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Tropical Storm SALLY

Tropical Storm Sally Discussion Number   6
NWS National Hurricane Center Miami FL       AL192020
1100 PM EDT Sat Sep 12 2020
Sally's structure remains somewhat disorganized this evening. While 
there has been a recent increase in deep convection near the low- 
level center, there is a large CDO feature with -70 to -80C tops 
displaced 50 to 60 miles to the south and southeast. This structure 
could be due to the 10 to 15 kt of northwesterly shear analyzed by 
the SHIPS model and UW-CIMSS. The initial intensity remains 35 kt 
based on the latest Dvorak estimates from TAFB and SAB, and the 
central pressure of 1003 mb is based on surface observations in the 
Naples area as the center passed offshore before 00Z.  An Air Force 
Reserve Hurricane Hunter aircraft will be investigating Sally 
overnight to provide more information on the storm's intensity and 
Given the current structure, only gradual strengthening is expected 
in the short term. However, once the cyclone develops more of an 
inner core, it should be able to take advantage of warm SSTs and low 
shear over the Gulf of Mexico during the next couple of days. Steady 
intensification to hurricane strength is forecast through 48 hours, 
with a leveling off of the intensity in 60-72 hours as the shear 
is expected to increase. Overall, the intensity guidance is a 
little less bullish this cycle, with the HWRF more aggressive while 
the remainder of the guidance shows a slower rate of 
intensification. The NHC intensity forecast through landfall remains 
unchanged from the previous advisory, but now lies a little above 
HCCA and the intensity consensus. 

The initial motion estimate is a somewhat uncertain 285/07. Sally is 
currently being steered by a mid-level ridge centered over the 
Carolinas that will shift eastward and weaken as a longwave trough 
moves into the eastern United States over the next 24 to 36 hours. 
During this time, Sally should move generally west-northwestward or 
northwestward with a decrease in forward speed on Monday. By 48 
hours, the trough lifts out and a narrow ridge builds in north and 
east of Sally, which should result in the tropical cyclone turning 
north-northwestward and then northward at less than 5 kt as it 
approaches the north-central Gulf Coast and moves inland over the 
Mississippi Valley. After that time, the next trough should induce a 
faster northeastward motion by day 5. There is a fair bit of spread 
in the track guidance after 24 hours, with the COAMPS-TC well to the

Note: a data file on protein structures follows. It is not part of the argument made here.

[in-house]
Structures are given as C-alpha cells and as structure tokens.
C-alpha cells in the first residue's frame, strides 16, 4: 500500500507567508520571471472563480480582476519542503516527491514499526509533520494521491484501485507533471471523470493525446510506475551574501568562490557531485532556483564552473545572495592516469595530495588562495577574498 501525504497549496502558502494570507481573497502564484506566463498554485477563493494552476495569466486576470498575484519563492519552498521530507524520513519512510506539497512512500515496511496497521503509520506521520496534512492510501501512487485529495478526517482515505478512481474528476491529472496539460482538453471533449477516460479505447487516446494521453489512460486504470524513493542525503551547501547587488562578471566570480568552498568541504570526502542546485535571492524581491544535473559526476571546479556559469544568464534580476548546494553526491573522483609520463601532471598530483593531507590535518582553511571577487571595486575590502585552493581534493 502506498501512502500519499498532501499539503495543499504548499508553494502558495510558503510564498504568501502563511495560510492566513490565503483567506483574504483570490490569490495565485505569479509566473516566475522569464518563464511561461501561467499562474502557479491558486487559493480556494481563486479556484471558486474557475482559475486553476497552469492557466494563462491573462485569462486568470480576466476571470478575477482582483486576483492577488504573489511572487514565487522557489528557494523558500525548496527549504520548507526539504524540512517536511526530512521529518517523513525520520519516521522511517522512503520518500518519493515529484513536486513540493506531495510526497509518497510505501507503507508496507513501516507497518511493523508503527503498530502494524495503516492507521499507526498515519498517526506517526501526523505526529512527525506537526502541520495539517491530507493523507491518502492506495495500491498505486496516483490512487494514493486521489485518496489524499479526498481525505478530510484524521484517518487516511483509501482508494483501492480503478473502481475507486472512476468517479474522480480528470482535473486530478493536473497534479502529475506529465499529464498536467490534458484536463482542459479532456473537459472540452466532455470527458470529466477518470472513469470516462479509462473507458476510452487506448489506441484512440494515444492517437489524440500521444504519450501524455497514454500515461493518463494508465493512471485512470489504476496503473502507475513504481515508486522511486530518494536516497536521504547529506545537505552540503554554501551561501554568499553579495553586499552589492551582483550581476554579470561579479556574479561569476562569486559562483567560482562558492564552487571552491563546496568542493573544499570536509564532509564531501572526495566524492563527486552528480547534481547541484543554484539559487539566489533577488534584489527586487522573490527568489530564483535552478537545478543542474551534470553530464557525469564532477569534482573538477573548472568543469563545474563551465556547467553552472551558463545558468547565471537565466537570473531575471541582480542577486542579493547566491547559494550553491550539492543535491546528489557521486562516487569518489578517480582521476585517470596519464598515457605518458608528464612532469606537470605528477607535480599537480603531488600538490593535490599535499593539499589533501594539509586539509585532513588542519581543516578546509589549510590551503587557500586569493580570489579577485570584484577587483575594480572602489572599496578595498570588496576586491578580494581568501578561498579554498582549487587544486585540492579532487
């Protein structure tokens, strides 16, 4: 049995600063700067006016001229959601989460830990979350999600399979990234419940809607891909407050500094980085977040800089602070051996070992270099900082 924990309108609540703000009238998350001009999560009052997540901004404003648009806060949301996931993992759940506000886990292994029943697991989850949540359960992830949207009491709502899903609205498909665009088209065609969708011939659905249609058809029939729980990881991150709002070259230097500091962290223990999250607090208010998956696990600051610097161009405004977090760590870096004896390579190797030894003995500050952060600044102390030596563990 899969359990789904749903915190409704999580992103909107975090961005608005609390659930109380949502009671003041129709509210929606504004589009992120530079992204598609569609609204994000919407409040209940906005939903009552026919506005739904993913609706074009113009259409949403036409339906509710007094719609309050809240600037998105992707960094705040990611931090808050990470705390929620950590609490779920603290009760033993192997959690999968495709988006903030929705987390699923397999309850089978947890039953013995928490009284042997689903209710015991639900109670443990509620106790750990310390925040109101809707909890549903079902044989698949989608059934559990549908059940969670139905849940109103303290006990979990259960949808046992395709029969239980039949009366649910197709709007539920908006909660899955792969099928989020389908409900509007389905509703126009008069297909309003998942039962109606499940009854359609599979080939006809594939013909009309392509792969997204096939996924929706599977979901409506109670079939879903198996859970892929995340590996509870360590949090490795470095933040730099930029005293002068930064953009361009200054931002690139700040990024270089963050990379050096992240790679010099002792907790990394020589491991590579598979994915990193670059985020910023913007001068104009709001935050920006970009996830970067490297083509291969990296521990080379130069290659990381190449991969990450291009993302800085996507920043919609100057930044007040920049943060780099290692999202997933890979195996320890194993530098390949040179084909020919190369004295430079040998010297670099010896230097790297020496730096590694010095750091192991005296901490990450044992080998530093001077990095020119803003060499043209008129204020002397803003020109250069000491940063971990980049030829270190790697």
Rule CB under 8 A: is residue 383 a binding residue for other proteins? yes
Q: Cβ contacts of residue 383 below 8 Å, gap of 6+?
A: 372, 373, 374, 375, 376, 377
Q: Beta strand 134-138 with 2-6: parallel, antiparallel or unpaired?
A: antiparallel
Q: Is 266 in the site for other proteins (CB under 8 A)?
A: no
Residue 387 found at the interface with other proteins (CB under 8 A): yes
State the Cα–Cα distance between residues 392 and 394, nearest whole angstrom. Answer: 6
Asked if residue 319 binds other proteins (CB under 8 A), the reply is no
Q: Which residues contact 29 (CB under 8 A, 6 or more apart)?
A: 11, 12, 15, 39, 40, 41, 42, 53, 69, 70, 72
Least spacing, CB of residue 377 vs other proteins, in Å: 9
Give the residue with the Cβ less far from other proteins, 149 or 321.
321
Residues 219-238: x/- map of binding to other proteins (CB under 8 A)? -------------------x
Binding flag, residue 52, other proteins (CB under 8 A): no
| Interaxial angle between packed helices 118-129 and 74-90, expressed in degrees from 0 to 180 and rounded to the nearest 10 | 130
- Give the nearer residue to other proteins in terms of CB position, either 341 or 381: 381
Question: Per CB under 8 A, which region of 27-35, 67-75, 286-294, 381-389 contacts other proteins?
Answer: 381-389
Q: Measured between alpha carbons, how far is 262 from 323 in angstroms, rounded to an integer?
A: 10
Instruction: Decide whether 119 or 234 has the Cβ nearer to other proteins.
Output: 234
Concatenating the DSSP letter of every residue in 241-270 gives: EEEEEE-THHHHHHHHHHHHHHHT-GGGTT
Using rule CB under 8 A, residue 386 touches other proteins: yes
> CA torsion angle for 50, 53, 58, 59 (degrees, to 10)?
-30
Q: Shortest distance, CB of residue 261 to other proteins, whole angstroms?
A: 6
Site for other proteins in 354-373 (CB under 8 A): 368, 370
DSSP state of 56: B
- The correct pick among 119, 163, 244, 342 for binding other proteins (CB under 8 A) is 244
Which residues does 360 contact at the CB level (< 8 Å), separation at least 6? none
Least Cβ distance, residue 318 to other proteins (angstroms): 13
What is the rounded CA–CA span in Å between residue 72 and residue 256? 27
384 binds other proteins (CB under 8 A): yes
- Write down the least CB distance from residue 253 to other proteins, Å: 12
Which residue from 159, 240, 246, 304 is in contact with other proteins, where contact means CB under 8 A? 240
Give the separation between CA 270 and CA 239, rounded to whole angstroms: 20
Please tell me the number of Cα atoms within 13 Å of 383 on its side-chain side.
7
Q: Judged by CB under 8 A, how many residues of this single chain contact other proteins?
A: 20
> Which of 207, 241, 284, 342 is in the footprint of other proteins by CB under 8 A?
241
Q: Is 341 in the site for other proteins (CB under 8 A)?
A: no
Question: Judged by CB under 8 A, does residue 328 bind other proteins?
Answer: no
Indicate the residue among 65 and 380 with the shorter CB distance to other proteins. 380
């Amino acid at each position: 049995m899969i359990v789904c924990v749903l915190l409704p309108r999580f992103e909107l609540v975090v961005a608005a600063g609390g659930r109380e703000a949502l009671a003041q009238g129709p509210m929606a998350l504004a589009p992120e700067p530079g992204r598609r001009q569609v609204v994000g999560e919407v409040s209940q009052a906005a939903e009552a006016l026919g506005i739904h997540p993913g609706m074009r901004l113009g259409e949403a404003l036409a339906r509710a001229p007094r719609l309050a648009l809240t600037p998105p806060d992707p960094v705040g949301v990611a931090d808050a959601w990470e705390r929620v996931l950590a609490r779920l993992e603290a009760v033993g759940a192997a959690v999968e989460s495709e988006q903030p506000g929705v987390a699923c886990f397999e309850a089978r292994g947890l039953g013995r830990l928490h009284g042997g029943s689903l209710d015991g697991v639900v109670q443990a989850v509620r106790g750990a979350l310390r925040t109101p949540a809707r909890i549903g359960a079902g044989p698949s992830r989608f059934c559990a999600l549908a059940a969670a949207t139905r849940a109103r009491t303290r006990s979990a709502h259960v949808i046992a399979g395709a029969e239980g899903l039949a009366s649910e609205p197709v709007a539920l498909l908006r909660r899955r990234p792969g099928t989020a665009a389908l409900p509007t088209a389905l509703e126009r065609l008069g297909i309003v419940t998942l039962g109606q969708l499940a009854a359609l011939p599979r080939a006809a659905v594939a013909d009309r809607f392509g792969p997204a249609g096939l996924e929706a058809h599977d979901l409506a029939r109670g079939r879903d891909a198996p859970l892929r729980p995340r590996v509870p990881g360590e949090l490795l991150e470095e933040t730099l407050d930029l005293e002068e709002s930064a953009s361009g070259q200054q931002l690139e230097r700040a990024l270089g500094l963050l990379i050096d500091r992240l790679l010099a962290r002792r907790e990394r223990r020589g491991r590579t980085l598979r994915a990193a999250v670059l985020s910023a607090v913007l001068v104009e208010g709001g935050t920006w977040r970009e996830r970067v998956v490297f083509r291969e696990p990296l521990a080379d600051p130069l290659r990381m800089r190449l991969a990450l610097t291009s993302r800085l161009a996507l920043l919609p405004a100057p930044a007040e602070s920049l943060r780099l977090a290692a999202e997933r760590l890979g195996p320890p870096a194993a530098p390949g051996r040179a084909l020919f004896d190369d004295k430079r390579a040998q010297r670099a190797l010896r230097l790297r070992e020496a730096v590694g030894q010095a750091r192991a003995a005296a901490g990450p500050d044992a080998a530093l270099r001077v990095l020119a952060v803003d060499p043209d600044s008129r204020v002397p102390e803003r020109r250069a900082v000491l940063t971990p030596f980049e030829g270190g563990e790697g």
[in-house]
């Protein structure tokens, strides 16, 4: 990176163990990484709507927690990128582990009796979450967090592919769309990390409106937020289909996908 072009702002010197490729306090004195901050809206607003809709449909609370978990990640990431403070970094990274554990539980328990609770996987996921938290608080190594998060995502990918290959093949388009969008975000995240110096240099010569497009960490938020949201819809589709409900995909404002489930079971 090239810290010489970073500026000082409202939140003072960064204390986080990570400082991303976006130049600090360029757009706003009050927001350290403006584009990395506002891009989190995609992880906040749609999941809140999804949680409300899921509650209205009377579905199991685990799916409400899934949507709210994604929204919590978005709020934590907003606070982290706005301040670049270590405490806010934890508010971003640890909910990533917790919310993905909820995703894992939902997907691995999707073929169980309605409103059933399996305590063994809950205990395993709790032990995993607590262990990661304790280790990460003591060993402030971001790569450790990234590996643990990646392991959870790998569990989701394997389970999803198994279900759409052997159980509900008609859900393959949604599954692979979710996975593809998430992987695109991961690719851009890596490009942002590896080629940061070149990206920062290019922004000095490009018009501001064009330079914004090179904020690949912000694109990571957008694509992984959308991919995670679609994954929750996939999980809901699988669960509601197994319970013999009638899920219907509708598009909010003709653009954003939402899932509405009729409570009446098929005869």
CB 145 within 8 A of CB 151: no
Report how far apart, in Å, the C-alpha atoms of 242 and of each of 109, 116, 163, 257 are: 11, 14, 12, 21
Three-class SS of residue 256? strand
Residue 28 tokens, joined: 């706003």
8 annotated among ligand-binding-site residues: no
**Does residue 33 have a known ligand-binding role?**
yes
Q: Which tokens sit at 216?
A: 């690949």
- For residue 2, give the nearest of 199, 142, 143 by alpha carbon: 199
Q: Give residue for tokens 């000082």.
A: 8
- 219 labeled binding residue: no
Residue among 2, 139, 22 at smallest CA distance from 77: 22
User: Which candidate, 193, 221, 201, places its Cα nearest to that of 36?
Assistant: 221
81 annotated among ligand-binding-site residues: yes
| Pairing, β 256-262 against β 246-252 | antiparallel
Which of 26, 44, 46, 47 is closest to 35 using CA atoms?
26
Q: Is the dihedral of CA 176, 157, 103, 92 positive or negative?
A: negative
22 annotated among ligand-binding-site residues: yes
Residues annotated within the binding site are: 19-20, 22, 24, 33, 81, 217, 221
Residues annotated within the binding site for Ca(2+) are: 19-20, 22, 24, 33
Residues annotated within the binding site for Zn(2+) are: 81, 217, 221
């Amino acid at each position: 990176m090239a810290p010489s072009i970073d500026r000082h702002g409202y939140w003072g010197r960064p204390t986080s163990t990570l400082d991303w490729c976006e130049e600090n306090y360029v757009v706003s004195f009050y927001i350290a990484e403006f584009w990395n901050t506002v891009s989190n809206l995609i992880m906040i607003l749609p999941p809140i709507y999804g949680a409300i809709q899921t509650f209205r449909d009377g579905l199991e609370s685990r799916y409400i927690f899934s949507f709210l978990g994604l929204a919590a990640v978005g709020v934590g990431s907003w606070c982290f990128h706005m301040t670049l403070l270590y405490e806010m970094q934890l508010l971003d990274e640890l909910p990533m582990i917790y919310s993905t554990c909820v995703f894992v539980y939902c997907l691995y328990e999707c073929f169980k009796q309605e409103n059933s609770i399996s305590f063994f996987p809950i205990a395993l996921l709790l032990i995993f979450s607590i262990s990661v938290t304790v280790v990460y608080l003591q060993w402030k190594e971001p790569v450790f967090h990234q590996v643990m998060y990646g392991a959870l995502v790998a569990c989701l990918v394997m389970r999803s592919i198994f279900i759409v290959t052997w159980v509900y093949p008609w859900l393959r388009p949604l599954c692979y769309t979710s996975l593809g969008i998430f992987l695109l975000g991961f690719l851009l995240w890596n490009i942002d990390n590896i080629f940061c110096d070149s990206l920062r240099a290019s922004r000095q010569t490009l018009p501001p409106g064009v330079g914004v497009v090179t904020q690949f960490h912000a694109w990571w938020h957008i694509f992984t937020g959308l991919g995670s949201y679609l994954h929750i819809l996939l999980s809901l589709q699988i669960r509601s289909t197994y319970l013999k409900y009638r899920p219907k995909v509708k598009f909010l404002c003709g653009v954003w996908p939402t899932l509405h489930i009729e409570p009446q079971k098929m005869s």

right and the GEFS ensemble mean and UKMET to the left. However, 
the GFS and ECMWF are in good agreement through 60 hours near the 
middle of the guidance envelope. The NHC track is similar to the 
previous one and lies in the middle of the guidance and is near the 
TVCA multi-model consensus and HCCA. 
Users are reminded to not focus on the exact details of the track 
or intensity forecasts, as the average NHC track error at 72 h is 
around 110 miles and the average intensity error is around 15 mph.  
In addition, wind, storm surge, and rainfall hazards will extend 
far from the center. Unfortunately, confidence is increasing that 
Sally's expected slow forward speed near the Gulf Coast will 
exacerbate the storm surge and heavy rainfall threats. 
1. Life-threatening storm surge is possible along the Gulf Coast
beginning on Monday, and a Storm Surge Watch is in effect for areas
outside the southeastern Louisiana Hurricane and Storm Damage Risk
Reduction System from the Mouth of the Mississippi River to the
Alabama/Florida border. Residents in these areas should follow any
advice given by local officials.
2. Hurricane conditions are possible by early Tuesday from Grand
Isle, Louisiana to the Alabama/Florida border, including
Metropolitan New Orleans, with tropical storm conditions possible by
3. Sally is expected to produce flash flooding across portions of 
southern Florida and prolong existing minor river flooding across 
central Florida through Sunday. Flash and urban flooding and minor 
to moderate river flooding are likely across portions of the 
central Gulf Coast from Sunday through the middle of next week. 
4. Tropical storm conditions are possible early next week in
portions of the Florida Panhandle, where a Tropical Storm Watch is
in effect.  Wind gusts to tropical storm force could occur over
portions of the lower Florida Keys overnight.
INIT  13/0300Z 26.3N  82.9W   35 KT  40 MPH
 12H  13/1200Z 27.0N  84.4W   40 KT  45 MPH
 24H  14/0000Z 27.7N  86.0W   50 KT  60 MPH
 36H  14/1200Z 28.3N  87.5W   60 KT  70 MPH
 48H  15/0000Z 28.8N  88.6W   70 KT  80 MPH
 60H  15/1200Z 29.4N  89.2W   75 KT  85 MPH
 72H  16/0000Z 30.1N  89.5W   75 KT  85 MPH
 96H  17/0000Z 31.7N  89.1W   50 KT  60 MPH...INLAND
120H  18/0000Z 33.5N  86.5W   25 KT  30 MPH...INLAND
Forecaster Brennan